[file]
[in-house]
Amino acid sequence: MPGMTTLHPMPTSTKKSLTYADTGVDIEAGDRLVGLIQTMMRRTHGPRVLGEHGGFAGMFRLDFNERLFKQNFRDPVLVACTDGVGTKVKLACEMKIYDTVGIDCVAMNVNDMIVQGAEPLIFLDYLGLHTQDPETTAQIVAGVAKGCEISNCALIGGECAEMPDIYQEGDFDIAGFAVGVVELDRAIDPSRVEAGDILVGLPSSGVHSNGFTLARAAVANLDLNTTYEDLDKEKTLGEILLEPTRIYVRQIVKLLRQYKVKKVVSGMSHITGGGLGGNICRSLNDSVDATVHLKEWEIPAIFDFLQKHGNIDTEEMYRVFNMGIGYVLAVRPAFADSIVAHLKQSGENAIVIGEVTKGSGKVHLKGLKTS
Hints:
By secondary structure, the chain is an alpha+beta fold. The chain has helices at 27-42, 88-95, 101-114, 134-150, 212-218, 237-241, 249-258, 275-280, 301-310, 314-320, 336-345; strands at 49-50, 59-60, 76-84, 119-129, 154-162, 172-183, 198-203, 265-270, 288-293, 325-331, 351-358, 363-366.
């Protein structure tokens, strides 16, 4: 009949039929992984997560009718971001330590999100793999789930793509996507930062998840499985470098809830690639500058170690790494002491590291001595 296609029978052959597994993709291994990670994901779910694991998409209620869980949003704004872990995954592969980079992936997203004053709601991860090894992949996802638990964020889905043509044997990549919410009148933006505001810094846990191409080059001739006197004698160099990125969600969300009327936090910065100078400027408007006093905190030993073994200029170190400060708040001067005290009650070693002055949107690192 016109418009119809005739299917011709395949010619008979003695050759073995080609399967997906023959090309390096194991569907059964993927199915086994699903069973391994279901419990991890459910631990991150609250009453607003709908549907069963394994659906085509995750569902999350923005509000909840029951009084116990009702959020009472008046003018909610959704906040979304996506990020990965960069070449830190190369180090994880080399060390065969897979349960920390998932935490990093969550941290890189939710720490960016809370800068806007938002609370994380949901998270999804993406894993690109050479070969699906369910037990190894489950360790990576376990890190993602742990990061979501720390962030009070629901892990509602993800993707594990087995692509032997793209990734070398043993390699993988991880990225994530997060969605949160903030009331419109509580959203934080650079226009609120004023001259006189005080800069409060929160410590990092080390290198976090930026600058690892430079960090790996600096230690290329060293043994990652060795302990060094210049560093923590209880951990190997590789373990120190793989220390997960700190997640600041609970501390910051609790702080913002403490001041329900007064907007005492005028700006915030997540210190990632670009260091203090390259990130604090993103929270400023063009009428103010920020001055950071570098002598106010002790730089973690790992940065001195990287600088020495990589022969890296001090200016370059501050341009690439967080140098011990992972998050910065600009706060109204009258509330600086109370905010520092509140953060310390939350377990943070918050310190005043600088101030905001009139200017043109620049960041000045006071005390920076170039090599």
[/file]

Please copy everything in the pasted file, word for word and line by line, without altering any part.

[in-house]
Amino acid sequence: MPGMTTLHPMPTSTKKSLTYADTGVDIEAGDRLVGLIQTMMRRTHGPRVLGEHGGFAGMFRLDFNERLFKQNFRDPVLVACTDGVGTKVKLACEMKIYDTVGIDCVAMNVNDMIVQGAEPLIFLDYLGLHTQDPETTAQIVAGVAKGCEISNCALIGGECAEMPDIYQEGDFDIAGFAVGVVELDRAIDPSRVEAGDILVGLPSSGVHSNGFTLARAAVANLDLNTTYEDLDKEKTLGEILLEPTRIYVRQIVKLLRQYKVKKVVSGMSHITGGGLGGNICRSLNDSVDATVHLKEWEIPAIFDFLQKHGNIDTEEMYRVFNMGIGYVLAVRPAFADSIVAHLKQSGENAIVIGEVTKGSGKVHLKGLKTS
Hints:
By secondary structure, the chain is an alpha+beta fold. The chain has helices at 27-42, 88-95, 101-114, 134-150, 212-218, 237-241, 249-258, 275-280, 301-310, 314-320, 336-345; strands at 49-50, 59-60, 76-84, 119-129, 154-162, 172-183, 198-203, 265-270, 288-293, 325-331, 351-358, 363-366.
């Protein structure tokens, strides 16, 4: 009949039929992984997560009718971001330590999100793999789930793509996507930062998840499985470098809830690639500058170690790494002491590291001595 296609029978052959597994993709291994990670994901779910694991998409209620869980949003704004872990995954592969980079992936997203004053709601991860090894992949996802638990964020889905043509044997990549919410009148933006505001810094846990191409080059001739006197004698160099990125969600969300009327936090910065100078400027408007006093905190030993073994200029170190400060708040001067005290009650070693002055949107690192 016109418009119809005739299917011709395949010619008979003695050759073995080609399967997906023959090309390096194991569907059964993927199915086994699903069973391994279901419990991890459910631990991150609250009453607003709908549907069963394994659906085509995750569902999350923005509000909840029951009084116990009702959020009472008046003018909610959704906040979304996506990020990965960069070449830190190369180090994880080399060390065969897979349960920390998932935490990093969550941290890189939710720490960016809370800068806007938002609370994380949901998270999804993406894993690109050479070969699906369910037990190894489950360790990576376990890190993602742990990061979501720390962030009070629901892990509602993800993707594990087995692509032997793209990734070398043993390699993988991880990225994530997060969605949160903030009331419109509580959203934080650079226009609120004023001259006189005080800069409060929160410590990092080390290198976090930026600058690892430079960090790996600096230690290329060293043994990652060795302990060094210049560093923590209880951990190997590789373990120190793989220390997960700190997640600041609970501390910051609790702080913002403490001041329900007064907007005492005028700006915030997540210190990632670009260091203090390259990130604090993103929270400023063009009428103010920020001055950071570098002598106010002790730089973690790992940065001195990287600088020495990589022969890296001090200016370059501050341009690439967080140098011990992972998050910065600009706060109204009258509330600086109370905010520092509140953060310390939350377990943070918050310190005043600088101030905001009139200017043109620049960041000045006071005390920076170039090599």